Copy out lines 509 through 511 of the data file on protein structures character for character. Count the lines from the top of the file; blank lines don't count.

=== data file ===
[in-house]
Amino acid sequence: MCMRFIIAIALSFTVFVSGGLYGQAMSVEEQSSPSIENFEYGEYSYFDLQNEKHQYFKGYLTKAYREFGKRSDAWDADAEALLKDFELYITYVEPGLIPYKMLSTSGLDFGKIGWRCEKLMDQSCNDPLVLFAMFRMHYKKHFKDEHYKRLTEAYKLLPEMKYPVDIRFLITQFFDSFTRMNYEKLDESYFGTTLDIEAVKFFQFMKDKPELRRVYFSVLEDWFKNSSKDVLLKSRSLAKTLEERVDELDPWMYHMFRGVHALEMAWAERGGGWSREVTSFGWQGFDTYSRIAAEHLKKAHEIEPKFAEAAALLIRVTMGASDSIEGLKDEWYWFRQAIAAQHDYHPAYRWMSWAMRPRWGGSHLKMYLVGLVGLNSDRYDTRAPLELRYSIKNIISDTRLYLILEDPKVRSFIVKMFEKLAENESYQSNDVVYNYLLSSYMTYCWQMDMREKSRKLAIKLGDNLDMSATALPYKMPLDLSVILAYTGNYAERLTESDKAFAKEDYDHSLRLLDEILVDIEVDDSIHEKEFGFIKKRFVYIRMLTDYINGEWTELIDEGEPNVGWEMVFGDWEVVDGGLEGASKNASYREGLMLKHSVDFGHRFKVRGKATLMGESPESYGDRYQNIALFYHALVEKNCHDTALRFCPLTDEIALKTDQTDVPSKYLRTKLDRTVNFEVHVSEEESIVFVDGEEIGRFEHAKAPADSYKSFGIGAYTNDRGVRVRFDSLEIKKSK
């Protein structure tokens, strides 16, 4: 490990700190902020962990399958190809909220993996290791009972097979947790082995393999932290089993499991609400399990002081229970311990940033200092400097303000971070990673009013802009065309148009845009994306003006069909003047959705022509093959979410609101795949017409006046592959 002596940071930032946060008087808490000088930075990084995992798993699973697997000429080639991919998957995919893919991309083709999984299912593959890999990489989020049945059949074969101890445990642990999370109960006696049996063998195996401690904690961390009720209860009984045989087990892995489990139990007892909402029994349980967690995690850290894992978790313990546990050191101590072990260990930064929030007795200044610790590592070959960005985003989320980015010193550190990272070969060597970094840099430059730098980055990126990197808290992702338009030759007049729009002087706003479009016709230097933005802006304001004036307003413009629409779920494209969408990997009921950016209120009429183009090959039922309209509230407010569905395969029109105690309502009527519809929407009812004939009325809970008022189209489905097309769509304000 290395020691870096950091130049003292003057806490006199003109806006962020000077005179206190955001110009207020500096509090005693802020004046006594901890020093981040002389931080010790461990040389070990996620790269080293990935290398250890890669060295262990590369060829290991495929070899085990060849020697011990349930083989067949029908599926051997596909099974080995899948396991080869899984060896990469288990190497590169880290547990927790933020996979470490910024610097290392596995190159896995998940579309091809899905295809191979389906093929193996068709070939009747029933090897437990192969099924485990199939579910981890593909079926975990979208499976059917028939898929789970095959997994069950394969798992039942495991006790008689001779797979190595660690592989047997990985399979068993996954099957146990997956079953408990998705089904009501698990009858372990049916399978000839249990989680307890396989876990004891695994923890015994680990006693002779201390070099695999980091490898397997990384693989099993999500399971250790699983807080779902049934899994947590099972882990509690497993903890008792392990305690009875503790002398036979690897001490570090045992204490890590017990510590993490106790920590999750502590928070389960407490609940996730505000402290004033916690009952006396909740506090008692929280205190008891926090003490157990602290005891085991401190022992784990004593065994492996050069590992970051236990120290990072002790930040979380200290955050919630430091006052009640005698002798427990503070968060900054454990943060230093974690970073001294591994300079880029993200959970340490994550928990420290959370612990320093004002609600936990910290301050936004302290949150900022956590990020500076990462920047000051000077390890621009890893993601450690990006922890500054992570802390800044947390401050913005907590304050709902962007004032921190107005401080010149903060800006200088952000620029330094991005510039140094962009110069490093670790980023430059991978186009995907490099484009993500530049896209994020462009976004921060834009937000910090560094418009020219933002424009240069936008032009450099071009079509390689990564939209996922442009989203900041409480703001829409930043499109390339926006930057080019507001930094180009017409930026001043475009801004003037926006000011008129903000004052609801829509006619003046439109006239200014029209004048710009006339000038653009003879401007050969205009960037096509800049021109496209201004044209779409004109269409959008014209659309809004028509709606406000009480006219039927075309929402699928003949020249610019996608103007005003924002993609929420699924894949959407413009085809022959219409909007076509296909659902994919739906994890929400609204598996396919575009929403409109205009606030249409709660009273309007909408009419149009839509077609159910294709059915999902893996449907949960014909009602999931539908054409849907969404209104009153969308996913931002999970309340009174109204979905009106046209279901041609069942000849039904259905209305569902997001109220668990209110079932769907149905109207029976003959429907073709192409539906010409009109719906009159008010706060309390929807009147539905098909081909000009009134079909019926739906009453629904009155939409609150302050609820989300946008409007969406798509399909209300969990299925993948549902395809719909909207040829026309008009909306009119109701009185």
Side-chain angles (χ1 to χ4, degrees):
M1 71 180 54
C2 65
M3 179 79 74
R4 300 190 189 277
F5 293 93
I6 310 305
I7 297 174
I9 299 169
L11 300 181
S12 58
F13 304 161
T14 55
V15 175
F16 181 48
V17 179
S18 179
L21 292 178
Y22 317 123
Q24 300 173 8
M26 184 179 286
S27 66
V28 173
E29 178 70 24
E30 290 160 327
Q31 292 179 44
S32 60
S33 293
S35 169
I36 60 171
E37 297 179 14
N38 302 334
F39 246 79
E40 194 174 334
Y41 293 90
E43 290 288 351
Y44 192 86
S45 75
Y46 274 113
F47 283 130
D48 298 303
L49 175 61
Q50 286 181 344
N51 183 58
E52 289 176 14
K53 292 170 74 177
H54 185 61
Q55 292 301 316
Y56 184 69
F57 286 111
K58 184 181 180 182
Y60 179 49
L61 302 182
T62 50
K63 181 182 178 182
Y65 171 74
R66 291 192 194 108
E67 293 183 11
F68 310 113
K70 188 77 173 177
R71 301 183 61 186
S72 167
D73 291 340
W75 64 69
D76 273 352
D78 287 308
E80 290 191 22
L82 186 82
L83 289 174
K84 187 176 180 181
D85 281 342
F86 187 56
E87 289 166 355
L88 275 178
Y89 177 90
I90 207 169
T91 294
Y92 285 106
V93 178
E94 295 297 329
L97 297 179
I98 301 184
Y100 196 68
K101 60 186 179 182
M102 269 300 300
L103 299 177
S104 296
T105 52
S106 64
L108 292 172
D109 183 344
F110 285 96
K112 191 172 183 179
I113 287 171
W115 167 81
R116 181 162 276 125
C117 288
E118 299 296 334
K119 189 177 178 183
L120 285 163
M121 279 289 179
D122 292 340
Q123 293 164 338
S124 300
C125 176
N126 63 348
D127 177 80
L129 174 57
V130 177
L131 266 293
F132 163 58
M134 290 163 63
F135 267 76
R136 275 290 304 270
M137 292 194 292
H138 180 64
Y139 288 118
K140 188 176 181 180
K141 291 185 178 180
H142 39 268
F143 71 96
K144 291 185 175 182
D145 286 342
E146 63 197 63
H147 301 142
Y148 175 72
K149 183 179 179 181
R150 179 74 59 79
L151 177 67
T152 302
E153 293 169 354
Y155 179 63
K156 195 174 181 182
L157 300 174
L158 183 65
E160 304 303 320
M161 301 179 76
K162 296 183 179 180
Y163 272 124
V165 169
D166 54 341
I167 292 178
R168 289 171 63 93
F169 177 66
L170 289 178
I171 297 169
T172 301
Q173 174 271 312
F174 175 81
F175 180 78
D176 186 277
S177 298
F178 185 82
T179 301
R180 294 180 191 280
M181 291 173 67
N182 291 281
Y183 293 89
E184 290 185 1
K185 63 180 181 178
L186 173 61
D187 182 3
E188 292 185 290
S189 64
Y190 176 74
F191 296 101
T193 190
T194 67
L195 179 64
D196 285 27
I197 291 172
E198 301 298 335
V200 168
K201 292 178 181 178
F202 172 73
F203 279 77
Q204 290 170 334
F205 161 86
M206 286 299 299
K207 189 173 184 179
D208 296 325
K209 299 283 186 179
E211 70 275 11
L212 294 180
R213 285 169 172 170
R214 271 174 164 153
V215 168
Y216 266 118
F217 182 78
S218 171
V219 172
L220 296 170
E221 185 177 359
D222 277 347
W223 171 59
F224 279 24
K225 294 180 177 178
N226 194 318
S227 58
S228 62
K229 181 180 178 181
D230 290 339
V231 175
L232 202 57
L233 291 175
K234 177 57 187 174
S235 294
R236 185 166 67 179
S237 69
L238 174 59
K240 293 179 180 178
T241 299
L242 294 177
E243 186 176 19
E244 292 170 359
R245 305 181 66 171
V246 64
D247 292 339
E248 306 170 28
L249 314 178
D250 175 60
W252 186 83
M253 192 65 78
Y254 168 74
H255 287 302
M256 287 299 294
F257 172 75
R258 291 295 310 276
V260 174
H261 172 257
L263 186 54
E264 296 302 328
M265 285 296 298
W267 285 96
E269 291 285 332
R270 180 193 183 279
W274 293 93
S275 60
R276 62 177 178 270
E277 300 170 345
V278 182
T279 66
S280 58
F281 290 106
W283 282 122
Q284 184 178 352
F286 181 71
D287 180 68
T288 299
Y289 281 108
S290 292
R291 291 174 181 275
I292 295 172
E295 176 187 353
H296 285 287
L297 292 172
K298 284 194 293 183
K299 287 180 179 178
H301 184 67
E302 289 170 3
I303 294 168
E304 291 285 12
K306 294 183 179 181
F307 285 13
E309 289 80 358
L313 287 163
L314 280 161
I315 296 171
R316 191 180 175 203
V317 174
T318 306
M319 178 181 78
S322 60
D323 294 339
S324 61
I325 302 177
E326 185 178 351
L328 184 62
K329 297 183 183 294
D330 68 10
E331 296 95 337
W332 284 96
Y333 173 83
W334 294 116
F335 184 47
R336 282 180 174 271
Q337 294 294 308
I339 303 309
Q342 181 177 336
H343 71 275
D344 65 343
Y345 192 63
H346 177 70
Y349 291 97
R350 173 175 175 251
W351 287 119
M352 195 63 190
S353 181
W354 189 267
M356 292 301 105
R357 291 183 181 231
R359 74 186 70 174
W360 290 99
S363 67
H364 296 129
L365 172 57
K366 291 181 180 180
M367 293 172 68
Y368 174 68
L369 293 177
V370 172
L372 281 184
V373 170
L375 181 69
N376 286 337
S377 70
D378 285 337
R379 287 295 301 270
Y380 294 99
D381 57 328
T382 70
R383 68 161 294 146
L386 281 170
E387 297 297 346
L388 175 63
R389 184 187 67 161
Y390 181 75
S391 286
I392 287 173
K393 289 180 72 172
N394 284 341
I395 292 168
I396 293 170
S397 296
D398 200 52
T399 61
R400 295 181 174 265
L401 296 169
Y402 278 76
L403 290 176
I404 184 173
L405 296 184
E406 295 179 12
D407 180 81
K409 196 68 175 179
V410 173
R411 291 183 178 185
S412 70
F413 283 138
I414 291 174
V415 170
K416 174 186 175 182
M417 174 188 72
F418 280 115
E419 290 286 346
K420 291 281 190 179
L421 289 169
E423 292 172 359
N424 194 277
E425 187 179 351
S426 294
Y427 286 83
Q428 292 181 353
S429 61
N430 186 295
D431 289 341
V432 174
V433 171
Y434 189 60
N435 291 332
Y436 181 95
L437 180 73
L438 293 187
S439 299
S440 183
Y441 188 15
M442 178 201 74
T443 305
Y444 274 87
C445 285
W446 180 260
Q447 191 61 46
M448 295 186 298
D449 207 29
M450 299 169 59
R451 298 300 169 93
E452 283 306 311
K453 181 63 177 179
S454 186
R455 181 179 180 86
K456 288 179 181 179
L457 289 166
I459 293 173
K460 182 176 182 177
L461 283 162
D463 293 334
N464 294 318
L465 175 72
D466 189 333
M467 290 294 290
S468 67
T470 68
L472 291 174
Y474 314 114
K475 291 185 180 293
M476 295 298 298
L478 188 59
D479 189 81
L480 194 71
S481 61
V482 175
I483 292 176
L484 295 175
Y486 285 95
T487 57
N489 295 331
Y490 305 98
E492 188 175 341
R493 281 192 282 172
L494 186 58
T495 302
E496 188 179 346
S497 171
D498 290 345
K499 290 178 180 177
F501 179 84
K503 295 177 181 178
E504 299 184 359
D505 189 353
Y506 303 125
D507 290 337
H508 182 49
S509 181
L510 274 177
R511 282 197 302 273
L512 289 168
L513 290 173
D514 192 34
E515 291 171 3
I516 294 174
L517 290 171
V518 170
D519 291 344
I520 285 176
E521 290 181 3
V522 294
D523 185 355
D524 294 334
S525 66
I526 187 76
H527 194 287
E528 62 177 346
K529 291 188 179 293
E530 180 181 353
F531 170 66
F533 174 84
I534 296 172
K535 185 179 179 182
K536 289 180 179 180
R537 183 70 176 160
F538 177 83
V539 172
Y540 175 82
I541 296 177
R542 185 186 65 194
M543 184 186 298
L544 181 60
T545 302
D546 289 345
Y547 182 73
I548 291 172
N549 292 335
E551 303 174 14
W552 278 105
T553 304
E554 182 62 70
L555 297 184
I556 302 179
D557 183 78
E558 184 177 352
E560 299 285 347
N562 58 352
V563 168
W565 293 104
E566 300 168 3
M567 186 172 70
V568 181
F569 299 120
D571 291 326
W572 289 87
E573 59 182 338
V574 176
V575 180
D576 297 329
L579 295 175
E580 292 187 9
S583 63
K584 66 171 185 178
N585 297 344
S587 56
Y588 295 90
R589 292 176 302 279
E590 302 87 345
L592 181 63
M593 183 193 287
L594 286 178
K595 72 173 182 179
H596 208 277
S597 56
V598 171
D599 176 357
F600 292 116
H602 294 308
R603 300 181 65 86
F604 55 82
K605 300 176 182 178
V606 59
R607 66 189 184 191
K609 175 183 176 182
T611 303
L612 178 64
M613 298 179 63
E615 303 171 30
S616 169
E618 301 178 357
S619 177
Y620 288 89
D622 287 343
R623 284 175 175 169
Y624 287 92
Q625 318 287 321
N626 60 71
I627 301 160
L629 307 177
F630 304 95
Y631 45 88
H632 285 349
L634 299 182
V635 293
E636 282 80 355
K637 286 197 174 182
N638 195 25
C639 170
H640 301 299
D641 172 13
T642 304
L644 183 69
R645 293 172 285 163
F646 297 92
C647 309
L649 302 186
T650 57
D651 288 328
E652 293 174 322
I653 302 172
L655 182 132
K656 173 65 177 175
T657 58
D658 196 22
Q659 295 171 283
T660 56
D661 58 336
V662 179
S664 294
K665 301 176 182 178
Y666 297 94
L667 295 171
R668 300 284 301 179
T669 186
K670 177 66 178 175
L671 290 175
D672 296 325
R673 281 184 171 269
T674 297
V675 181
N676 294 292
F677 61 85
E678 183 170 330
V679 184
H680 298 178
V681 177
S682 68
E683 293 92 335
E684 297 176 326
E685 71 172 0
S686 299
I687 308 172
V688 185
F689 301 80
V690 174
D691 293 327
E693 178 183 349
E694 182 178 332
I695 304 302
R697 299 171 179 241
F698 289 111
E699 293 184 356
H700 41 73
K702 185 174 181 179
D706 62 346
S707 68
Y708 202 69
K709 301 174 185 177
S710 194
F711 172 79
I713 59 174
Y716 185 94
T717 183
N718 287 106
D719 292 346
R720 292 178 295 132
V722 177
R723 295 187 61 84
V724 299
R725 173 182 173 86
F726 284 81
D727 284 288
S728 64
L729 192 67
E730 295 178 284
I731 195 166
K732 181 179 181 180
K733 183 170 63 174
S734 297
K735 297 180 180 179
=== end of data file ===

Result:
L594 286 178
K595 72 173 182 179
H596 208 277